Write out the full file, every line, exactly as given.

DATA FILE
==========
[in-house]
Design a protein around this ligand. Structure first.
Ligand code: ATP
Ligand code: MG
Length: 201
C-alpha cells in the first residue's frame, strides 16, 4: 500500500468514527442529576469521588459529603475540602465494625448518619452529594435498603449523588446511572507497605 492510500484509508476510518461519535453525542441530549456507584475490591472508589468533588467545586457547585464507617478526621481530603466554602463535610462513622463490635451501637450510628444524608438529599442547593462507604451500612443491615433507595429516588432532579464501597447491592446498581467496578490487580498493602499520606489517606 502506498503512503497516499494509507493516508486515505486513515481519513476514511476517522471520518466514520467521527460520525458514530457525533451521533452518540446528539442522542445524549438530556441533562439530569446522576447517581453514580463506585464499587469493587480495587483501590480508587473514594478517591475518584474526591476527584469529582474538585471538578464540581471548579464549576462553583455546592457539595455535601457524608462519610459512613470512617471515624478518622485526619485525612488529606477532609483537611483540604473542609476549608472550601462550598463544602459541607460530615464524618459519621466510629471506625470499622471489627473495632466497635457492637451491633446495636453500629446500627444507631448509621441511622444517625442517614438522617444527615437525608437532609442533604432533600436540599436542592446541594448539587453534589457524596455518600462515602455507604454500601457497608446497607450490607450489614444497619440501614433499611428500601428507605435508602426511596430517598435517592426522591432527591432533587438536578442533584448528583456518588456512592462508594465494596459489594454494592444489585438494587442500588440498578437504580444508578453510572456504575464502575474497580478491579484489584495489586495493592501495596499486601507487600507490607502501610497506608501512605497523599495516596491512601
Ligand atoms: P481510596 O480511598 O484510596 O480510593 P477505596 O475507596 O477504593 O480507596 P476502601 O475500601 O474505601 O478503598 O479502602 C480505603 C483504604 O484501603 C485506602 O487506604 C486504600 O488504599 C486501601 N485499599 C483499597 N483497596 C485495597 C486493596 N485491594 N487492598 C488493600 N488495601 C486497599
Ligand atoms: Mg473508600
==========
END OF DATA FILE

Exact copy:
[in-house]
Design a protein around this ligand. Structure first.
Ligand code: ATP
Ligand code: MG
Length: 201
C-alpha cells in the first residue's frame, strides 16, 4: 500500500468514527442529576469521588459529603475540602465494625448518619452529594435498603449523588446511572507497605 492510500484509508476510518461519535453525542441530549456507584475490591472508589468533588467545586457547585464507617478526621481530603466554602463535610462513622463490635451501637450510628444524608438529599442547593462507604451500612443491615433507595429516588432532579464501597447491592446498581467496578490487580498493602499520606489517606 502506498503512503497516499494509507493516508486515505486513515481519513476514511476517522471520518466514520467521527460520525458514530457525533451521533452518540446528539442522542445524549438530556441533562439530569446522576447517581453514580463506585464499587469493587480495587483501590480508587473514594478517591475518584474526591476527584469529582474538585471538578464540581471548579464549576462553583455546592457539595455535601457524608462519610459512613470512617471515624478518622485526619485525612488529606477532609483537611483540604473542609476549608472550601462550598463544602459541607460530615464524618459519621466510629471506625470499622471489627473495632466497635457492637451491633446495636453500629446500627444507631448509621441511622444517625442517614438522617444527615437525608437532609442533604432533600436540599436542592446541594448539587453534589457524596455518600462515602455507604454500601457497608446497607450490607450489614444497619440501614433499611428500601428507605435508602426511596430517598435517592426522591432527591432533587438536578442533584448528583456518588456512592462508594465494596459489594454494592444489585438494587442500588440498578437504580444508578453510572456504575464502575474497580478491579484489584495489586495493592501495596499486601507487600507490607502501610497506608501512605497523599495516596491512601
Ligand atoms: P481510596 O480511598 O484510596 O480510593 P477505596 O475507596 O477504593 O480507596 P476502601 O475500601 O474505601 O478503598 O479502602 C480505603 C483504604 O484501603 C485506602 O487506604 C486504600 O488504599 C486501601 N485499599 C483499597 N483497596 C485495597 C486493596 N485491594 N487492598 C488493600 N488495601 C486497599
Ligand atoms: Mg473508600